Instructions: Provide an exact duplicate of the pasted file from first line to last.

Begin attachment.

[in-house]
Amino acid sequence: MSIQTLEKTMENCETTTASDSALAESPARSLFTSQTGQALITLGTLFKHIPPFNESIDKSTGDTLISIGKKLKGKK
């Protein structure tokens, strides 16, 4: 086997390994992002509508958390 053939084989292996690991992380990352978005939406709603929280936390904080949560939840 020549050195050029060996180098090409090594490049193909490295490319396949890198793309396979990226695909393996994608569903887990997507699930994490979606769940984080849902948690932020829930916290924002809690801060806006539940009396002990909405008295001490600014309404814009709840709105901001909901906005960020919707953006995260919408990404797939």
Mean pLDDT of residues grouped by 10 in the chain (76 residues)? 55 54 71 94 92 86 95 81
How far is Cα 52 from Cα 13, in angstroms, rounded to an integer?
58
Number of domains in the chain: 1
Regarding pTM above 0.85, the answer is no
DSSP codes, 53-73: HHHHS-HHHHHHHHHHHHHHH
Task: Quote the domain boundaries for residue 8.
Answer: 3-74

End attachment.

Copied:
[in-house]
Amino acid sequence: MSIQTLEKTMENCETTTASDSALAESPARSLFTSQTGQALITLGTLFKHIPPFNESIDKSTGDTLISIGKKLKGKK
């Protein structure tokens, strides 16, 4: 086997390994992002509508958390 053939084989292996690991992380990352978005939406709603929280936390904080949560939840 020549050195050029060996180098090409090594490049193909490295490319396949890198793309396979990226695909393996994608569903887990997507699930994490979606769940984080849902948690932020829930916290924002809690801060806006539940009396002990909405008295001490600014309404814009709840709105901001909901906005960020919707953006995260919408990404797939």
Mean pLDDT of residues grouped by 10 in the chain (76 residues)? 55 54 71 94 92 86 95 81
How far is Cα 52 from Cα 13, in angstroms, rounded to an integer?
58
Number of domains in the chain: 1
Regarding pTM above 0.85, the answer is no
DSSP codes, 53-73: HHHHS-HHHHHHHHHHHHHHH
Task: Quote the domain boundaries for residue 8.
Answer: 3-74